For example, when you load a page with a lot of graphics, the way the page is structured determines whether you'll see the text appear while the graphics are still loading, or if the page will be blank until every graphic is ready to display. Ditto with Javascript. If you have a big block of Javascript code on the page, the page might not render -- or might render but not respond to keyboard or mouse input -- until the Javascript is finished loading or (in worst case) until it's finished running. You can do some things to partially work around this, like hooking into the onload event handler, but still the page can seem slow, even though you know the back-end processing that generates it takes no time at all. The slowdown is in transmitting the code and data for the Javascript part of the page, and the browser parsing it and acting on it.

AJAX deals with that problem by making just-in-time requests for additional data, not when the page is loaded but when some action is taken, like clicking a button or link. The Javascript code receives the data as a block of text. Ideally, that text is supposed to be XML (hence the X in AJAX). But often, the most pragmatic approach is to send plain text, or HTML tagged text that is only a partial document. These approaches have even spawned their own acronyms; I like one known as AHAH, where the request returns a block of HTML that is inserted directly into the page at a designated spot.

If you're still waiting for me to mention something related to PL/SQL, I have good news and bad news. Bad news first: to do any of the "modern" web techniques, you will need to use a combination of at least 2 languages, in this case PL/SQL, Javascript, and optionally something else like PHP. The good news is, all of the components of an AJAX solution can be generated as PL/SQL stored procedures exposed through mod_plsql. That is, one stored procedure can generate the original HTML page that does the fancy AJAX stuff; another stored procedure can generate the Javascript loaded by the <script src="..."> tag; and yet another can do a database query or grab information through UTL_HTTP, UTL_FILE, etc. and return the text that gets passed to Javascript.

That last part is the most powerful, but also the biggest mental hurdle to get past. You are used to writing a procedure that generates an entire HTML page. Now you are writing a procedure that acts like a function, using HTP.P() to build a result set that the other end will parse as a single text string. (That's why a developer used to enterprise-class programming would probably choose to use a real XML document as the medium of exchange, to guard against the carelessness that comes with free-format text.)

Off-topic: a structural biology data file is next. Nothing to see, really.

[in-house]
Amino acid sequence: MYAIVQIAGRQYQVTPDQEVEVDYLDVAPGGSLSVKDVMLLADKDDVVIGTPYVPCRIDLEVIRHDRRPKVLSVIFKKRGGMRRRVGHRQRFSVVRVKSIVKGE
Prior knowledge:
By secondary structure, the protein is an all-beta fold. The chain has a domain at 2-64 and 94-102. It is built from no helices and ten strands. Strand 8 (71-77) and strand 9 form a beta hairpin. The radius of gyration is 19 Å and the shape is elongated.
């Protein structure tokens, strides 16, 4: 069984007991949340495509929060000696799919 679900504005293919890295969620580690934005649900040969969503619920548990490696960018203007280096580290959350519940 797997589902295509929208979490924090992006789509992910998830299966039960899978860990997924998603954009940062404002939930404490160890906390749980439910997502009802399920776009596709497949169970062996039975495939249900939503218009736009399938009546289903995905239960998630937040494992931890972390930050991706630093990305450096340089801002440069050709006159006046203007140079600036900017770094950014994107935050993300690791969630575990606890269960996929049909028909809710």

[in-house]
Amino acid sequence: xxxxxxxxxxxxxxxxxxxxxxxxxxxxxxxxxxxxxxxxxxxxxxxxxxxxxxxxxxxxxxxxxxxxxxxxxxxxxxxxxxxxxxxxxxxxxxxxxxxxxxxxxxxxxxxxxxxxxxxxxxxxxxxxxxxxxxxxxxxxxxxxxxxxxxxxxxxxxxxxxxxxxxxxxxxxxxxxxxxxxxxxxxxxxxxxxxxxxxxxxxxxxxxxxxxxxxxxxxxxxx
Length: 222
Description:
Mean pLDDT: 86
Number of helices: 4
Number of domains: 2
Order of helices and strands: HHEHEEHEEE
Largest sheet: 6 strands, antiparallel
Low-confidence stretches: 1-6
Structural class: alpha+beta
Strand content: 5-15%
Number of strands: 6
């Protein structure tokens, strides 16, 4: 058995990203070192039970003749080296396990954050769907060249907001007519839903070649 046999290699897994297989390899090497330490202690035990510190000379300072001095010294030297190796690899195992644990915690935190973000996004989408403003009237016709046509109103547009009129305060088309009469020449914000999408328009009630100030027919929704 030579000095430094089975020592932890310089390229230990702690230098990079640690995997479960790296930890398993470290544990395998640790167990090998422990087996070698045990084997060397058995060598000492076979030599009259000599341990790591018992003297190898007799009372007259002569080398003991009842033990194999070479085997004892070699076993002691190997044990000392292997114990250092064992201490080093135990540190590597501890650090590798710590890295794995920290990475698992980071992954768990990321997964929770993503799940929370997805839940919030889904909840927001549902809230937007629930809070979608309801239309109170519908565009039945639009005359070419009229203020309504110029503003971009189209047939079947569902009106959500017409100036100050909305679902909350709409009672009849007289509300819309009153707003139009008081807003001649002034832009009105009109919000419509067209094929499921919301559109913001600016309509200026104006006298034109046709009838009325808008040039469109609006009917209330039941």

On the Javascript end, you need a function to create the object that does the network request. You need a function that responds to some event on the page and initiates the request. And you also need a callback function that wakes up when the data is ready, receives the output, and then does the needful to change the page content and/or form elements. PL/SQL is really only required to do the database query and return the text of the results; the actual page and the Javascript code could come from static files, PHP, or some other option.

Within the HTML page that the user interacts with, you might also find that you need certain structures to be in place, or certain elements to have IDs. For example, one popular technique uses an empty <div> tag like so:

<div id="content_goes_here"></div>

The Javascript can locate the div element by looking up its ID, then set its innerHTML property to make an elaborate HTML structure like a table appear at that location, instead of a blank space.

You'll quickly find when you start implementing AJAX solutions, that you need a ton of these little Javascript functions, 2 for every kind of AJAXy change you're making on the page. The need to either auto-generate such functions, or to parameterize them to handle all kinds of cases, is why people recommend using the popular Javascript libraries. But there's nothing magic happening.

This post is going to be a bit light on source code, because the PL/SQL aspect of the front end is both so simple:

/* enormous block of Javascript */

and so complex and varied depending on your circumstances:

try ... /* throws exception only in browser XYZ */
catch ...
try ... /* throws exception if HTML not structured as expected */
catch ...

The techniques I use in my own code are probably lower level than you would use in yours, because I'm not using Javascript libraries like Prototype. So I'll refer you to mainstream AJAX tutorials to learn that part.

It's more straightforward on the back end. Here is PL/SQL code for a minimal AJAX procedure:

create or replace procedure ajax_procedure
param1 integer := null
, param2 varchar2 := null
htp.p('Some text from the procedure...');

The XMLHTTPRequest object's open() method specifies the mod_plsql URL to the PL/SQL procedure, including any parameters as name/value pairs in the query string. Once the request has been fully satisfied (readyState == 4, status == 200), the object's responseText() method will return all the text that the procedure printed with htp.p(), which typically would be built up from some database logic. If the output was a real XML document, you would retrieve it through the object's responseXML method.

Alternative Firefox shortcut for Find In Page

For a long time, I've used the Firefox option "Search for text when I start typing" to avoid having to type Ctrl-F / Command-F every time to find something on a page. But with more interactive Web 2.0-style pages perhaps using keyboard controls, now I've turned that option off.

However, you don't have to do Ctrl-F / Command-F to activate Firefox's find-in-page dialog. The / key also activates it; that's an easy mnemonic for me, because it is the same key that kicks off search mode in the vi editor. It's the best of all possible worlds -- using alpha keys as shortcuts in web apps, easy access to the Find dialog, and no carpal tunnel syndrome from multi-key "Find" shortcuts.